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London: Printed by M. F. for John Marriot, and are to be sold at his Shop in St. Dunstan’s Church-yard in Fleet-Street. 1635 - Donne, John. POEMS BY J. D. WITH ELEGIES ON THE AUTHORS DEATH. London: Printed by M. F. for John Marriot, and are to be sold at his Shop in St. Dunstan’s Church-yard in Fleet-Street, 1635. This is the second edition (first in octavo,) following the first edition of 1633 issued by the same publisher, with both being quite scarce. This second edition is the first to have the poems separated into sections, headed Songs and Sonets, Epigrams, Elegies, Epithalamions, Satyres, Letters, Divine Poems, etc., and is also the first edition to have the engraved frontispiece portrait of the author which is bound in here in an excellent facsimile (a number of the extant copies of the 1635 Marriot edition are also found lacking the original portrait.) According to Keynes’s summary in his bibliography of Donne, “in this edition the pieces have been rearranged and there are some changes to the text; they include all that had appeared in 1633 with the exception of Basse’s Epitaph upon Shakespeare, and Thomas Browne’s elegy on the author. Of the thirty-seven pieces that have been added twenty-nine are poems supposed to be by Donne; of these one appears twice and eleven are not accepted as genuine. This edition contains therefore seventeen additional poems by Donne. The Hexastichon ad Bibliopolam. Incerti on A4b is also an addition.” The text is complete, with the Errata on Dd8a, and in generally good condition, however with a somewhat worn title page and with the facsimile portrait. The restored binding retains the contemporary leather front and back panels but has recently been re-backed with a gilt lettering piece. Donne’s name is written out on the title page after his initial “D” and there are a few other early markings as well. There is the late 18th-century ex-libris of Gregory Lewis Way on the front pastedown. Gregory Lewis Way (1756-1799) was educated at Eton and Oxford, then chose the life of an Essex country gentleman with antiquarian interests whose avocation was poetry. A volume of his poems was published in 1782 and his memoirs along with those of his son, were published in 1845 with a Preface by William Wordsworth. He also translated Fabliaux, or Tales, abridged from French Manuscripts of the Twelfth and Thirteenth Centuries, by M. Le Grand, assisted by George Ellis who completed the second volume after his death and contributed a wonderful memoir of Way, in part: “His principal amusement was literature, and particularly poetry: and from this choice of occupations and amusements, a choice dictated partly by reflection, and partly, perhaps, by the effects of a situation and early habit, he certainly acquired such a constant flow of cheerfulness, as a life of more activity and a greater variety of resource, often fails to produce.” The front blank has a 1781 Cambridge University ownership signature and an unimpressed earlier owner had written on the verso of Dd8b (blank,) in what appears to be a late 17th-century hand: “Three farthings is the woorth of this Book.” In a custom clamshell box. [The 1633 edition is No. 25 in the Grolier Club’s One Hundred Books Famous in English Literature; Keynes 79] [Attributes: Hard Cover]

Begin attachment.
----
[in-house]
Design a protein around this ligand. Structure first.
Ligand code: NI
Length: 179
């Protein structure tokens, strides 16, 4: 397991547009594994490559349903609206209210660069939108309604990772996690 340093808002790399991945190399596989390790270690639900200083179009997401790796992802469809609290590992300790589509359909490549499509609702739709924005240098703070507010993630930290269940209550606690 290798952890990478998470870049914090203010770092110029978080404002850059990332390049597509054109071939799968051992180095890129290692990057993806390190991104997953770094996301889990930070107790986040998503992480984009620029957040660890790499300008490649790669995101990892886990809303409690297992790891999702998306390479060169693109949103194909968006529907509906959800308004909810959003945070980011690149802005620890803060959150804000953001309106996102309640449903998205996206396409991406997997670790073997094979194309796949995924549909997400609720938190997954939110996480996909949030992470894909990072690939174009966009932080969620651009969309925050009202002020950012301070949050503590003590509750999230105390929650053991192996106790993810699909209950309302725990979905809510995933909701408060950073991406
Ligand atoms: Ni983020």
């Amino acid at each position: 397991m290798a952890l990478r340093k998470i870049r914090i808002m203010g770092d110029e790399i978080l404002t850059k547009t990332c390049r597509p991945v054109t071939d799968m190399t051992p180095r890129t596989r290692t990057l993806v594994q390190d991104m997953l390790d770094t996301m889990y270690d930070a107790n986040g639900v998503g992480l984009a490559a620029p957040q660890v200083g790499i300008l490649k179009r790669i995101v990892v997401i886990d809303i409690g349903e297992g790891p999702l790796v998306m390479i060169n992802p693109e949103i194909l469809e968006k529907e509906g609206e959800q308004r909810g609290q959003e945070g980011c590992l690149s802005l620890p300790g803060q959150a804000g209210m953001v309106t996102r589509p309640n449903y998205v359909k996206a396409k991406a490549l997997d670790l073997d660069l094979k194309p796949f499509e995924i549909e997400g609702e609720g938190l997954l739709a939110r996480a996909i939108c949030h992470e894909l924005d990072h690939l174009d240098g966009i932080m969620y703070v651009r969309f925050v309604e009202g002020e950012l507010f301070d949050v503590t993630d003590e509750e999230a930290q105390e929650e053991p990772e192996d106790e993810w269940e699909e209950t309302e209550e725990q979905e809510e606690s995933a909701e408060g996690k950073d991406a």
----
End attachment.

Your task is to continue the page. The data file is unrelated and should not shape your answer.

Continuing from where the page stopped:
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Last Found On: 2015-06-09           Check availability:      IberLibro    


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